The roof structure is often overlooked in any building, and people give little care to its complexity and the need for maintenance. No roof is like the other, primarily due to the shape and size, and secondly, because of the type of shingles used. The latter factor can influence the maintenance and cleaning cycle, and it can determine the longevity of any given roof. Each type of roof shingle is unique as it influences more than just the look of your house. Knowing the good and bad sides of each shingle can help you decide which one to install in the first place and how to upkeep the existing ones. There are several things to look in a shingle, the material being perhaps the most important aspect to them.
Tile Terracotta Shingles
One of the most basic types of shingles that was used in ancient times is tiles. They are the most basic form of shingles stacked one underneath the other, cascading water down into the gutters and the ground. The material that they are made from is called terracotta or simply earth that had been shaped and strengthened by exposure to fire. This results in shingles of various shapes that are, by default, coloured in orange hues. They can be either flat, which is a more modern design or traditionally oval-shaped. Regardless of their shape, they have to have pegs and grooves that lock adjacent tiles into place. They make the whole roof appear wave-like due to the combined contours of the shingles. These shingles are quite durable, lasting anywhere from 50 years to even a whole century, which makes them ideal for landmark buildings.
Another popular material that shingles are made from is wood. A typical wooden shingle is attached to the profile underneath by nails on both sides so they maintain structural integrity. They are not very common in urban housing as they are predominantly used on summer cottages and winter chalets. They possess an unarguably aesthetic appeal, but their biggest downside is the fact that they are virtually zero fireproof. If the fire inside the house reaches the roof, it will soon go up in flames. Also, they are not very durable and need to be protected and coated every so often because the elements take their toll on them much faster than on other types of shingles.
Shingles made from wood require constant maintenance, but other types of shingles listed here also need to be checked for flaws now and then. Inspection is by far the best method any homeowner can undertake to thwart shingles that wish to mingle and fall off. This is especially important in places such as Australia, where extreme weather conditions, like drought, can cause damage to shingles over time. That is why experienced roofing contractors in Sydney are highly valued because it is up to their craftsmanship to protect the shingles. Working at height can be dangerous for non-specialists, so you better leave shingle repair to professionals who have years of experience.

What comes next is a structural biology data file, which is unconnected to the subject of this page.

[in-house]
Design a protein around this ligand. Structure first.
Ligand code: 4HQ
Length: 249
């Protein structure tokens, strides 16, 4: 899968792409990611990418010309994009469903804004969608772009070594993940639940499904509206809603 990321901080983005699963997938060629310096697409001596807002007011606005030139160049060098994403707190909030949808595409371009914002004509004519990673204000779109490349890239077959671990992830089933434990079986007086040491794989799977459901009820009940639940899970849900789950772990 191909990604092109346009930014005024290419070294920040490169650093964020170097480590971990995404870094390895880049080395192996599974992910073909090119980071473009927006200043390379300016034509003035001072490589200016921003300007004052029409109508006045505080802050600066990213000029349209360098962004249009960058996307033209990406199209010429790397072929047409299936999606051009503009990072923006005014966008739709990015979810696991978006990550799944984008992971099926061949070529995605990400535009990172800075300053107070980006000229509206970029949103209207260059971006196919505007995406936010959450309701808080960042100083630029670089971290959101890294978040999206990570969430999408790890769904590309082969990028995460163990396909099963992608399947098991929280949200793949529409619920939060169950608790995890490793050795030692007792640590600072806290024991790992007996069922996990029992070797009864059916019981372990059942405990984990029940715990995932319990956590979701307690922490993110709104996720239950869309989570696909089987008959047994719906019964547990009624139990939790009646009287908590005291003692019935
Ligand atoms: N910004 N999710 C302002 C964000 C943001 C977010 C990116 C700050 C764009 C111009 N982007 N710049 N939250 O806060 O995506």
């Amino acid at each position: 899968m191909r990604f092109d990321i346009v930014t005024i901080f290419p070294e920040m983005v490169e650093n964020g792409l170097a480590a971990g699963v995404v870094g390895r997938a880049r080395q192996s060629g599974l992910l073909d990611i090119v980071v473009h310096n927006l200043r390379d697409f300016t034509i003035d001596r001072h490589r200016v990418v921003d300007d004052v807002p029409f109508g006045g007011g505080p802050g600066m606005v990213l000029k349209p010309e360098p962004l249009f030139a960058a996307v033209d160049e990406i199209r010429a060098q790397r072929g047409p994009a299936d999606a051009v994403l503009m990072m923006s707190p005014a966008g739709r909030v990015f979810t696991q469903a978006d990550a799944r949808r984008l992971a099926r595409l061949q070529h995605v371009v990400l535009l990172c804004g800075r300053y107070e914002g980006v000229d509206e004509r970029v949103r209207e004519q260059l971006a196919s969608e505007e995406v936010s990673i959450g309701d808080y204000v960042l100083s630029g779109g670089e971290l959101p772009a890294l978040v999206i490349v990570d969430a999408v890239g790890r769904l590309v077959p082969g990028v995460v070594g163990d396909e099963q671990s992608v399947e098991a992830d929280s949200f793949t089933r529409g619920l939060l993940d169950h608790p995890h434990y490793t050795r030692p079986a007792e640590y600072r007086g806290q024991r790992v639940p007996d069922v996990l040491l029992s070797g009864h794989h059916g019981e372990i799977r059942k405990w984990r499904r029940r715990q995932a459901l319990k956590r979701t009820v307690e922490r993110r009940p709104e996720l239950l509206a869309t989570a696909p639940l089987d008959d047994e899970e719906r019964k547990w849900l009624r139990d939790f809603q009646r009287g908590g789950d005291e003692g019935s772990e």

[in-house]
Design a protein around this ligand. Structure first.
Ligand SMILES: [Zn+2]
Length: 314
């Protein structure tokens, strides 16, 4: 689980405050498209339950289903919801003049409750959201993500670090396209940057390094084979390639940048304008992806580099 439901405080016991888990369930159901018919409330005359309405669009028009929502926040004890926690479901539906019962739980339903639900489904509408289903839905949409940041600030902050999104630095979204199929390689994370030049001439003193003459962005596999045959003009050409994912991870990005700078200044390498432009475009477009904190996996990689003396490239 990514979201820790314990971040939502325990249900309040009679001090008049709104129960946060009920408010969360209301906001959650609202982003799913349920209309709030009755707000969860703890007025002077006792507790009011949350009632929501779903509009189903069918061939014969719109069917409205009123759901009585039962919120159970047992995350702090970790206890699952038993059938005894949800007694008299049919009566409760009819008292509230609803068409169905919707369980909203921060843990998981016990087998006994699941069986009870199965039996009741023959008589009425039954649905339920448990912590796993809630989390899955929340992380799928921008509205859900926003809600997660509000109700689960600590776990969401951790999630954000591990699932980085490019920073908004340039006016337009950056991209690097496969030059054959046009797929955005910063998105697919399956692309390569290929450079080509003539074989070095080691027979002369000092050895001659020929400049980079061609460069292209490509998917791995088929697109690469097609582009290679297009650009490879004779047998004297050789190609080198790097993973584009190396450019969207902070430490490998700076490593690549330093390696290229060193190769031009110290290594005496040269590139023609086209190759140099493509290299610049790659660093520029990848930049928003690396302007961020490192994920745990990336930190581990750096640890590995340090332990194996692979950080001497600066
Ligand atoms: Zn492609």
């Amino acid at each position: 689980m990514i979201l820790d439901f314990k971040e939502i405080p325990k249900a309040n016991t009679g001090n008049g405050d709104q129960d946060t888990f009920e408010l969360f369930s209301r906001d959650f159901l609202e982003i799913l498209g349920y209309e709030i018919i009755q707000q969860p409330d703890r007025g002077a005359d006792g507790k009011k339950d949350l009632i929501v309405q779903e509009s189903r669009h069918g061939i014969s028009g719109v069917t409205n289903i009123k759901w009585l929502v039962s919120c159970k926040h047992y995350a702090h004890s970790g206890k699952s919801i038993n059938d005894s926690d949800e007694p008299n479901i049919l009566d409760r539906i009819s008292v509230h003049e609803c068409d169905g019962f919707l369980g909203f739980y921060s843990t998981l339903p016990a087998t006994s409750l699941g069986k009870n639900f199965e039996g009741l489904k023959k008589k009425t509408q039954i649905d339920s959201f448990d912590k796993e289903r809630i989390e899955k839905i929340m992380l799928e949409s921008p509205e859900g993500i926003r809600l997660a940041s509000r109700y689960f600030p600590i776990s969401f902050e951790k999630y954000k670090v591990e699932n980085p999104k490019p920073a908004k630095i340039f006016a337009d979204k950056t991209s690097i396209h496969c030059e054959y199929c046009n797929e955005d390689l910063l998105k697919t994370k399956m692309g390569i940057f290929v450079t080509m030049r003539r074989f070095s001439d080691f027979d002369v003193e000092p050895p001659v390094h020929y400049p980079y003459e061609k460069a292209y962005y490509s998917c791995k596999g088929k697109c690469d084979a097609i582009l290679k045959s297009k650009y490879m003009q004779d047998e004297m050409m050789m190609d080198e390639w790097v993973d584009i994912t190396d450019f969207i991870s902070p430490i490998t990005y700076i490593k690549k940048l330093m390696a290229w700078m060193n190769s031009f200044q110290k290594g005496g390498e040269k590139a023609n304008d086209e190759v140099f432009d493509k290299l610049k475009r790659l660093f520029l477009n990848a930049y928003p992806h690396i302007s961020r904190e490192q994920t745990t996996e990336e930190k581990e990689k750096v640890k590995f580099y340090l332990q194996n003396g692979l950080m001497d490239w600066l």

Solar Roof Shingles
A solar panel installed on a roof of a house is not a novel sight, but a full-scale solar roof will catch everyone’s eye. Solar roof shingles are made from a thin film of PV cells that are designed to appear as ordinary shingles. They perform the primary function of any shingle: protecting the roof from the elements. In that sense, they are both sturdy enough to support the weight of snow, and they produce electricity at the same time. Yes, these photovoltaic shingles generate electricity when exposed to the sun for more extended periods. Summer months are especially productive as these mini solar plants can generate enough electricity to power your entire household. They are installed in parts of the world that get plenty of sunlight throughout the year, such as Australia or California. The initial installation cost is high, but over the years, they more than pay off, entirely doing away with the electricity bill.
The type of shingles favoured by industrial roofing are sheets of corrugated metal. They are applied in households as well but mostly as roofing for garden sheds and garages. The metal that is used is usually coated steel or aluminium. The best thing about metal is that is can easily be bent into any shape you desire. That is why there are even roofs that resemble traditional tile shingles or ones resembling slate rocks. The neutral colour of metal roofing is red, made to match the terracotta shades of orange because people are most used to this colour of roofing. The downside of metal is that it’s a poor insulator, so unless there is isolation underneath it, the summer days could be unbearable underneath it. That is why it is seldom used in its basic form for buildings that are always lived in.
The type of shingles you need depends on the main purpose of the object you are installing them on. Just don’t fail to remember that every kind of single requires regular maintenance.